You’re a rational person, right? You make good decisions, give good advice. You don’t get sucked in by fast-talking salesmen or shady politicians. You’re level-headed.
So why are you so stupid when you’re in love?
Don’t take it personally. We’ve all been there. The person we can’t get out of our brains, even though we know they’re not right for us. The obsessive thinking about someone we really don’t want to think about. The searing, irrational pain of “I know why I don’t want you, but why don’t you want me?”
If it’s any consolation, we seem to be learning that it’s not entirely your fault. Apparently when you’re in love — and particularly when you’re rejected — your very own brain turns on you. Big time.
I’ve been speaking for years about oxytocin, the “bonding” hormone that is released in sexual activity. And that goes a long way toward explaining irrational attachments between people who have been sexually intimate. But we seem to be learning that our brains have other ways of messing with us, particularly when we have been rejected.
Apparently, according to the brain gurus over at Yahoo, rejection lights up our brains like a Christmas tree. There are three regions that go into overdrive when our beloved says (or doesn’t bother to say) “goodbye.”
The first is the reward system, which designates the rejecting one as the “reward,” and hyper-focuses our attention on getting him or her back.
The second is the area associated with risk-taking, which ramps up and apparently makes doing really stupid things “in the name of love” seem perfectly reasonable.
And finally, of course, there’s the region tied to emotional attachment, which makes our lack of attachment to our beloved feel so very miserable.
So, no matter how convincing the arguments put forward by our logical brains (“You were too good for him.” “He is a drunk and marriage to him would have been miserable.” “She set fire to your HOUSE, for Pete’s sake.”), our instinctive brains are gumming up the works with their illogical activity. They force the image of the former beloved into our minds. They convince us, with arguments too primitive for words, that our very survival depends on winning him or her back. They lead us to interpret every positive gesture, no matter how small or insignificant, as a sure sign that a reunion is immanent if we just don’t give up.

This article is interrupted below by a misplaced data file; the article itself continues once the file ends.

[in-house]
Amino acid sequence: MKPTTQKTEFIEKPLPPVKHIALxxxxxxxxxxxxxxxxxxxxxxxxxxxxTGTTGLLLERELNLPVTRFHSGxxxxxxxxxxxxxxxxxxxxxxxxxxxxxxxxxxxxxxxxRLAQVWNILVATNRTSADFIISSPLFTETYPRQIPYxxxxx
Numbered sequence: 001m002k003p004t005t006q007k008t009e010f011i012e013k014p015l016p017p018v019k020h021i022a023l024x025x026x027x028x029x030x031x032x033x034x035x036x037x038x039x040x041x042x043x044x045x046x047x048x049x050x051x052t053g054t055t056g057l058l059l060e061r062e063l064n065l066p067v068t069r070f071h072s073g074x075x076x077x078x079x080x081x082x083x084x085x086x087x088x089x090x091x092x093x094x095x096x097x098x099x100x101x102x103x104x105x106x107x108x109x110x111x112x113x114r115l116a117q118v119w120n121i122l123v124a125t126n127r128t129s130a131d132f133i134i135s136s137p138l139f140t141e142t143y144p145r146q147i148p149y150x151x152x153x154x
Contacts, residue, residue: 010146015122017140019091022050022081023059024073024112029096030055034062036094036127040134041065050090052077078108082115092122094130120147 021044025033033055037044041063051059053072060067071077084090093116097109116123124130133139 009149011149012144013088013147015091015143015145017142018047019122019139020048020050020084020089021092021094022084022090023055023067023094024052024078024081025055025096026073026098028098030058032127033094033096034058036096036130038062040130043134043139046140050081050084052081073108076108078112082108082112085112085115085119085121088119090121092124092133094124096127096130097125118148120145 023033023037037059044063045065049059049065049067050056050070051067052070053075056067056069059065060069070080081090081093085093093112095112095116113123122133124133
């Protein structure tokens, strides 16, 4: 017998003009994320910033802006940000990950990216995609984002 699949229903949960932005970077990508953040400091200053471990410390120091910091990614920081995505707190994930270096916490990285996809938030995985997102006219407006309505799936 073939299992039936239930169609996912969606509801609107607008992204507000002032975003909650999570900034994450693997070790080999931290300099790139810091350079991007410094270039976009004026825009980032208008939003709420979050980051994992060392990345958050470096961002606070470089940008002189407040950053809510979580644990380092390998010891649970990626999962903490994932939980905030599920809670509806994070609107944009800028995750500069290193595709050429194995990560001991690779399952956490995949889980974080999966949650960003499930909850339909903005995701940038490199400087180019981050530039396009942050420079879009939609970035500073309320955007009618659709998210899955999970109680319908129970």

Makes you feel a little better about yourself, doesn’t it? The odds were stacked against you from the start.
Of course, the goal is that eventually the instinctive brain will give up and the logical will win out. According to the article, “Unrequited Love: Why it Hurts and How to Move On,” the best way to hasten that process is to “wean yourself” — to create as much distance as possible between yourself and the object of your obsession.
And this made me think about the opposite side of the coin. What happens when we are the ones doing the rejecting? How many times do we try to break up, but not all the way? “I don’t want to marry you, but I would still like to keep you around.” It can be very well-intentioned, of course. You want to remain friends. You don’t want things to be uncomfortable when you see each other. You still value her decorating skills or his ability to fix your dishwasher.
That can work — maybe — if the dump-ee wasn’t in too deep and is open to a friendship as well.
But if he or she is on the train to Crazy Irrational Brain Town, forget about it.
A friend once told me that he thinks women need to be brutal when dealing with men in unrequited love with them. I’m sure the reverse is true as well. Not brutal in the sense of being unnecessarily cruel, of course. But brutally honest in the finality of their decision. And brutally firm in backing out of their lives.
The problem is, we want to be nice. We hate to see hurt in someone else’s eyes. So we dance around the truth. We try to cushion it by saying nice things. All of which might be exactly the right thing to do, if we weren’t dealing with someone whose brain is exploding with irrational impulses, and who are wired to interpret any slight gesture as a sign that ALL HOPE IS NOT LOST. NEVER GIVE UP. NEVER. NEVER. NEVER.
And then we think “Why is he acting so crazy?”
Some people, of course, are crazy. They were unstable to begin with, and the addition of these brain reactions push them over the edge into what we would call “stalking” behavior. That’s dangerous and needs to be handled with the help of the proper law enforcement agencies.
But even for the rest of us, it’s smart to recognize the power of these reactions, and to act accordingly. If you’ve been rejected, let go of the reunion fantasies. Stay far away. Re-build your life.
And if you’ve been the rejector, you might want to tap the memory of how you felt when you were on the other side. And then act accordingly.
Don’t give false hope. Don’t try to “stay friends.” Don’t call him when you’re lonely, or ask her for help when you need something.
Because the rejected brain just can’t handle that.